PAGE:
Classic cars never die. Classic cars belong in museums. Such has been said by many a vintage vehicle owner. As it stands, many become barn finds, some are lucky to be housed in private garages or museums, and most are scrapped at worst. Along with the passing of Republic Act (RA) 11697 into law – which deals with the future of electric vehicles in the country – the Vintage Vehicle Regulation Act (RA 11698) has likewise become a law.
The newest act-become-law seeks to regulate the use and other activities related to vintage automobiles and other historical, classic, or collector motor vehicles. It likewise seeks to provide their exemption from standards and restrictions set by laws and regulations issued after their date of manufacture.
Wow, that’s a mouthful. But what does it all mean?
RA 11698 allows the registration and the use of vintage cars. The caveat to the term “vintage” is that it only covers vehicles that are already 40 years from the date of their original manufacturing. These cars will be classified as either concours or “for exhibition/display/contest”, or restomods (short for restoration mode). For the former, these are the ones you see displayed at car shows whereas the latter are those you see being rebuilt by specialty shops.
For both classifications, RA 11698 allows their importation, exportation, and even registration for use on PH roads. Registration of these cars will be valid for 3 years with accompanying special “Vintage Vehicle” plates from the Land Transportation Office (LTO). The said cars are not subject to meet modern standards of emissions and road use with the exception of seatbelts. Those vehicles that don’t come with safety restraints as standard must be fitted with seatbelts in accordance with RA 8750 or the Seat Belt Use Act of 1999. As for their repair and maintenance, the new law provides for the importation of authentic parts, original or replica body shells, engines, transmissions, and other spare parts and accessories.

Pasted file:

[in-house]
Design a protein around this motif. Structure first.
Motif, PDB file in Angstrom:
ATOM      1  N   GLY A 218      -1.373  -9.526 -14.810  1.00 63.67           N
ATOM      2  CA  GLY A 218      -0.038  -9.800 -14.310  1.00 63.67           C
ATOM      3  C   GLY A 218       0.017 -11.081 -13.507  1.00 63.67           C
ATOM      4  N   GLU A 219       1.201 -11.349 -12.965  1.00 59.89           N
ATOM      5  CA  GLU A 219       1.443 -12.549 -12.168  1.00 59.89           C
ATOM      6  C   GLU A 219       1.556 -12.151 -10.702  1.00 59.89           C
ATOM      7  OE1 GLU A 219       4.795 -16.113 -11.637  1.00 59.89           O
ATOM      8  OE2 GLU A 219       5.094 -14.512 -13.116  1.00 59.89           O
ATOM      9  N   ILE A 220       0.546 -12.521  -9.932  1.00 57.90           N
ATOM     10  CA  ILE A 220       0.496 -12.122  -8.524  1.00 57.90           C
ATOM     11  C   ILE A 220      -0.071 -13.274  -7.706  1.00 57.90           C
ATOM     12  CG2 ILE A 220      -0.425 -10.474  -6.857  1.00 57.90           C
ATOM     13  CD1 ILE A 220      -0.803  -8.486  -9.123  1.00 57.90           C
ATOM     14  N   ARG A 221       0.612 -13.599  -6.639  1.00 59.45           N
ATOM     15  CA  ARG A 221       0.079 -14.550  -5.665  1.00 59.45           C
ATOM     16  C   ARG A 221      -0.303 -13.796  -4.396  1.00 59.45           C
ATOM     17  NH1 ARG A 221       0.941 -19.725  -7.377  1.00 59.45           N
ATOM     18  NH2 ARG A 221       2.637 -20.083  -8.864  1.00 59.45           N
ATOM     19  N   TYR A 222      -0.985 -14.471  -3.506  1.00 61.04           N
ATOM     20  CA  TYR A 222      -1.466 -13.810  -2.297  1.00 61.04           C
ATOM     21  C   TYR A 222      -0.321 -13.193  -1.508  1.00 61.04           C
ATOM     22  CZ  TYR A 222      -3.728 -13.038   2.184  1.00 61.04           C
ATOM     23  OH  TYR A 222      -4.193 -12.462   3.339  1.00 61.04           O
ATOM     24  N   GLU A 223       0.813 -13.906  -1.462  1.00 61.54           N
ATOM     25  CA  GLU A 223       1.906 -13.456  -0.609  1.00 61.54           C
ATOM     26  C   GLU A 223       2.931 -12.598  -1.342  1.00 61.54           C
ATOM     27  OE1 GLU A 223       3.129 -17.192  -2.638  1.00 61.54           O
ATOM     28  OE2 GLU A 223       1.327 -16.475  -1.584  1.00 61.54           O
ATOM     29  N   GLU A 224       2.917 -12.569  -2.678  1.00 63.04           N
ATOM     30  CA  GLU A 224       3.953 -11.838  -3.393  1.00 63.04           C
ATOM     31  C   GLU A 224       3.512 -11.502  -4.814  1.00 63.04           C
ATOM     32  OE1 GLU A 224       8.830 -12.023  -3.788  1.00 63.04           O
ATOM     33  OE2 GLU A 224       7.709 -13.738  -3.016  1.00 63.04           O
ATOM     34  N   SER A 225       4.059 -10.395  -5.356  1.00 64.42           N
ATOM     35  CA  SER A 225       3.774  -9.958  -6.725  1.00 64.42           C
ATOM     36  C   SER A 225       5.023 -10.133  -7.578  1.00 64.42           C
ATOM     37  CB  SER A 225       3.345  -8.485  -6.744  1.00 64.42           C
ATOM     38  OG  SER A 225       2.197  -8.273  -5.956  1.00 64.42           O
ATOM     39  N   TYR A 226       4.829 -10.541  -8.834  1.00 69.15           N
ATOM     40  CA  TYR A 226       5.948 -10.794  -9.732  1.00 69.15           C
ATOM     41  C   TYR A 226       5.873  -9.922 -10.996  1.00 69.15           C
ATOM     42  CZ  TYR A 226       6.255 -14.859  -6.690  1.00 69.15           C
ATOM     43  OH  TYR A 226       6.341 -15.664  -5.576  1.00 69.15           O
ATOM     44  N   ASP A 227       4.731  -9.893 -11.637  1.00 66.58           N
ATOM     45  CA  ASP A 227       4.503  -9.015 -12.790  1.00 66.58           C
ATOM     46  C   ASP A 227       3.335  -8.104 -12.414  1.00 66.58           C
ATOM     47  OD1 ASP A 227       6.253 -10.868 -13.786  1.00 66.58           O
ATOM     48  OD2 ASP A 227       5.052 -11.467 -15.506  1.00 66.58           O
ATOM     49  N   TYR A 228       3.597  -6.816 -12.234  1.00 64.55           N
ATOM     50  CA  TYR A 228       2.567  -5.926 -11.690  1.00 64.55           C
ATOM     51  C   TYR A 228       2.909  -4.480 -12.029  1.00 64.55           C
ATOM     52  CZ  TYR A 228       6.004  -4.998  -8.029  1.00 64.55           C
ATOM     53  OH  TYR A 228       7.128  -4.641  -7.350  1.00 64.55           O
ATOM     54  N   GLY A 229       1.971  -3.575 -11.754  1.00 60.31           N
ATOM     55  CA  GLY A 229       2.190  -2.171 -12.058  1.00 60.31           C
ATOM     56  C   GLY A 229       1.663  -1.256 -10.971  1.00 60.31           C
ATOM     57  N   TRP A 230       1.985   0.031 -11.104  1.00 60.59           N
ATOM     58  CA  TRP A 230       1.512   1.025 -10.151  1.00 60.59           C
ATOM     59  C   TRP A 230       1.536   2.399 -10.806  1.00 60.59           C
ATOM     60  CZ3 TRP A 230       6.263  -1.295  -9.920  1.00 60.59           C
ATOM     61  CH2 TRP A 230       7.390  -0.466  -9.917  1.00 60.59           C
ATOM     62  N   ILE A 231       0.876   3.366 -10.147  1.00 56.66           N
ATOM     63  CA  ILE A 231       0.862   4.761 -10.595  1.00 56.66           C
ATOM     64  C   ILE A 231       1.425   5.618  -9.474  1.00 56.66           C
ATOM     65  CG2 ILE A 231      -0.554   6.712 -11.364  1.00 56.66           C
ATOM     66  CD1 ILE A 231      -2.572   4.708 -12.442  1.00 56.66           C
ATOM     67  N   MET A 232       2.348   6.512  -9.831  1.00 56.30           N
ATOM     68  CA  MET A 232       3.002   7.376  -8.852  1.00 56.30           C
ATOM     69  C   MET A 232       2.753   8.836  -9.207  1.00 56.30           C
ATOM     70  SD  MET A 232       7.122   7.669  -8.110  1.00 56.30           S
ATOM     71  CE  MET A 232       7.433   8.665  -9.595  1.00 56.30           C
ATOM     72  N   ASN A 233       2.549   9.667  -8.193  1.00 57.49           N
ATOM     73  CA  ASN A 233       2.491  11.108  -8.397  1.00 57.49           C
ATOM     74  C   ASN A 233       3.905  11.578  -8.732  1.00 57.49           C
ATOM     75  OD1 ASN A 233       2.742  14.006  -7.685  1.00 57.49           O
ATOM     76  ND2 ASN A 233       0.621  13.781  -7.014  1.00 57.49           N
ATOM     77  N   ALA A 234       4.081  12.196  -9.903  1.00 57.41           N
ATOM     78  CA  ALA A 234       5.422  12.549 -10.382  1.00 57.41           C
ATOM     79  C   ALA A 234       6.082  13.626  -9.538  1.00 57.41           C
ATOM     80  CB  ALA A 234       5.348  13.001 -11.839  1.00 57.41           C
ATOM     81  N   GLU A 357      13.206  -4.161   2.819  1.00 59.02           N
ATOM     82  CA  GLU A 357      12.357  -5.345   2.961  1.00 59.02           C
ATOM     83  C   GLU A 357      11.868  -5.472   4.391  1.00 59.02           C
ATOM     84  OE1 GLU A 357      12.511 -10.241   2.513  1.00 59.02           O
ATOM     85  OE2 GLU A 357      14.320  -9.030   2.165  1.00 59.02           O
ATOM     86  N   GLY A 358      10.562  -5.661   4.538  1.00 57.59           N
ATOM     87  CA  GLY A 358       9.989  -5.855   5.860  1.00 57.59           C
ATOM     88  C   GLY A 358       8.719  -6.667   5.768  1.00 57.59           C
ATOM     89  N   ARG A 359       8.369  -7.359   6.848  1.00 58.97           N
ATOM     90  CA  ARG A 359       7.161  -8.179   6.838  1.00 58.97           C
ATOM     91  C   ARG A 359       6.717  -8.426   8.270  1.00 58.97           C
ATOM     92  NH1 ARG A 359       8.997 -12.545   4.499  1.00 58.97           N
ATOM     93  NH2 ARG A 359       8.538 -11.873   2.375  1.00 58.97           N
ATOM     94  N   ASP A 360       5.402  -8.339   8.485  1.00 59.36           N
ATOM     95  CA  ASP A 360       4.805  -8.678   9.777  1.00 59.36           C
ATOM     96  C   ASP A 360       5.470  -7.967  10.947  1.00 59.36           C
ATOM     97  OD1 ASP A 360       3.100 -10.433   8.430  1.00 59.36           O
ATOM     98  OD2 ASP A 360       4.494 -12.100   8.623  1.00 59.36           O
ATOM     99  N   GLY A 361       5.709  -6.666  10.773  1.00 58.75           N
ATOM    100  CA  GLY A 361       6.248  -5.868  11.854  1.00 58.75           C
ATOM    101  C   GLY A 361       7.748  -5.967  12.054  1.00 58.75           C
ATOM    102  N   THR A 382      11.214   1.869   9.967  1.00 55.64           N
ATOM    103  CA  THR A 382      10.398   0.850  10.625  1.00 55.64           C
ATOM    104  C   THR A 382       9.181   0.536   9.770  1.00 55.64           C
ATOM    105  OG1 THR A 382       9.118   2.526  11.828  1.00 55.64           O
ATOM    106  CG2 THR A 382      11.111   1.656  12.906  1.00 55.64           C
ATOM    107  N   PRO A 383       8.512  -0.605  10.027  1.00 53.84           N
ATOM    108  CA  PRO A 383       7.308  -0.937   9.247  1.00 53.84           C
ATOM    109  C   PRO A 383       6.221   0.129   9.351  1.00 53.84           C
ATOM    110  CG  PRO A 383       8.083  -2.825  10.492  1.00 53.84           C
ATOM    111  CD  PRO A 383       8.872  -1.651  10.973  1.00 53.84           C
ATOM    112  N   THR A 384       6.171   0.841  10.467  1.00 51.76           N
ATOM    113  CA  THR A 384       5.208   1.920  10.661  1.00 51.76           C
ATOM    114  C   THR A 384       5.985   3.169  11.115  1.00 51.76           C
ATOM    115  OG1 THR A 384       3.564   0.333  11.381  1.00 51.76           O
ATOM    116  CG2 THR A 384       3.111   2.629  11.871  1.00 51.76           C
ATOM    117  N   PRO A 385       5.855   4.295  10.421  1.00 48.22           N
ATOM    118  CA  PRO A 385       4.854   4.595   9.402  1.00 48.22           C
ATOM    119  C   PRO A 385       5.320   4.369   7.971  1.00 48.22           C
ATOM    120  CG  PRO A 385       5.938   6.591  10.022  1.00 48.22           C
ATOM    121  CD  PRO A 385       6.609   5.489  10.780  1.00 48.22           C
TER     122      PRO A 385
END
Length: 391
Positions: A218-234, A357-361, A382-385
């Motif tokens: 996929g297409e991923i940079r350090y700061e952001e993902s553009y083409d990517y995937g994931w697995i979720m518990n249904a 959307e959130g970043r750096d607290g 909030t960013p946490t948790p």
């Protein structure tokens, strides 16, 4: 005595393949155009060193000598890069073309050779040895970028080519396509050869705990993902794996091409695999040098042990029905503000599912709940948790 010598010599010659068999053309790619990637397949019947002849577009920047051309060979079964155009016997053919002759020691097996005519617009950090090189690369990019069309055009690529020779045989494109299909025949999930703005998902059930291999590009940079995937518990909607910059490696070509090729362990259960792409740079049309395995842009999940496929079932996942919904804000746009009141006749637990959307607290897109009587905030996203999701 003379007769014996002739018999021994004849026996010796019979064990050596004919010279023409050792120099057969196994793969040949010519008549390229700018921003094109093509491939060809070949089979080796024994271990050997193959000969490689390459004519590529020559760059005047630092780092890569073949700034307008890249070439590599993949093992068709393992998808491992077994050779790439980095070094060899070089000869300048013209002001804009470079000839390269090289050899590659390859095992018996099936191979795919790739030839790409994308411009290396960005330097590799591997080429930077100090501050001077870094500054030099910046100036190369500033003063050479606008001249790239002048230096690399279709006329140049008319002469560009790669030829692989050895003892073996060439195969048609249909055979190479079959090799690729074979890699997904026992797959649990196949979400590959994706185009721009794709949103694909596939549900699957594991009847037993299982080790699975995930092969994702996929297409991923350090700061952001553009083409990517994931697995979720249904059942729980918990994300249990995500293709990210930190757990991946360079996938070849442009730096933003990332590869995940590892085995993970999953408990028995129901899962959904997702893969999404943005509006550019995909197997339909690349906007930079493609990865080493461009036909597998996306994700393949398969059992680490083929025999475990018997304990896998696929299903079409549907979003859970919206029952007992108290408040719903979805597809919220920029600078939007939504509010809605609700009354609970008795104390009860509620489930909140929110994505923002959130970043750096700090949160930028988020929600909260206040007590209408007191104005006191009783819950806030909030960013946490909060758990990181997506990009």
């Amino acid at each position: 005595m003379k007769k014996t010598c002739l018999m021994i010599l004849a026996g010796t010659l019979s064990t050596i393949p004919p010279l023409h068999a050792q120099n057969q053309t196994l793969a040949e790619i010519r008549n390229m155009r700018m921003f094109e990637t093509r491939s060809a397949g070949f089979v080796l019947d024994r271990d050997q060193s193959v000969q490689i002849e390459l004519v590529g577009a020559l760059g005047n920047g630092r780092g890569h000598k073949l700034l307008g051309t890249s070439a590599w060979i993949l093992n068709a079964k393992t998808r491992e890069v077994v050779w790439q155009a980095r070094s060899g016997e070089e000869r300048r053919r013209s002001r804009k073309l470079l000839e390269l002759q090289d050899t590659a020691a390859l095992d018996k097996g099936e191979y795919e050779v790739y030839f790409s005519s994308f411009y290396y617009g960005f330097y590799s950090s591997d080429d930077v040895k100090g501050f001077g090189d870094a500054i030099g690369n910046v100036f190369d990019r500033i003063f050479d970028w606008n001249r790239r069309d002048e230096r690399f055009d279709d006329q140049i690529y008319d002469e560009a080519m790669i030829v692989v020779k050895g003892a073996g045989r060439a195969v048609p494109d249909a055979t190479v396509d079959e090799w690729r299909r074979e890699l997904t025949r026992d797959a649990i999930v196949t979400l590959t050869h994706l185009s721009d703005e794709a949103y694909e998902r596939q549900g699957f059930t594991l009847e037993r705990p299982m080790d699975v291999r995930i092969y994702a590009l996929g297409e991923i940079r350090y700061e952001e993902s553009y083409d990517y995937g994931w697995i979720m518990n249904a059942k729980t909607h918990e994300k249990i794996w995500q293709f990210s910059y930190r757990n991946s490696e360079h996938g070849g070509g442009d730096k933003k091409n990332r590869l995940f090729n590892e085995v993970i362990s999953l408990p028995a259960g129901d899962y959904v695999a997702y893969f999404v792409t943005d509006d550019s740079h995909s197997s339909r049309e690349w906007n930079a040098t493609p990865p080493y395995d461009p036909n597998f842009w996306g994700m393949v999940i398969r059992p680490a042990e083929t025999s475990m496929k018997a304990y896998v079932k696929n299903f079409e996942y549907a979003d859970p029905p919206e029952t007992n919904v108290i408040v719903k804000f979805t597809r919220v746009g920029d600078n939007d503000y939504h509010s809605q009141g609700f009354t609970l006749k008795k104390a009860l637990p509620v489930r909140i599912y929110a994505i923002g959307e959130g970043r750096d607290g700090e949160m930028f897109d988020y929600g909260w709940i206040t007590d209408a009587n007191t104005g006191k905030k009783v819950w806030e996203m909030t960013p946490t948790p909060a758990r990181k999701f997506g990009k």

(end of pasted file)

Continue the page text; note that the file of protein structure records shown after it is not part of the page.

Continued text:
This also brings some good news to the local tuners, particularly right-hand drive vehicles that were never released locally. RA 11698 allows for the importation, registration, and use of such units but they only apply to units that were produced on or before December 31, 1970, and to those that were mainly intended for racing or motorsports. We did say “some” good news, right?
Discussions will inevitably be held, and the release of the final implementing rules and regulations (IRR) of RA 11698 will probably be within the first 60 days of its implementation. We can expect the LTO and the Bureau of Customs (BOC) to iron out all the kinks and hopefully be able to come out with the best criteria for what truly makes a vehicle “vintage”.
In any case, this is a win for the local automotive scene, and every car – not necessarily vintage car – enthusiast in the country.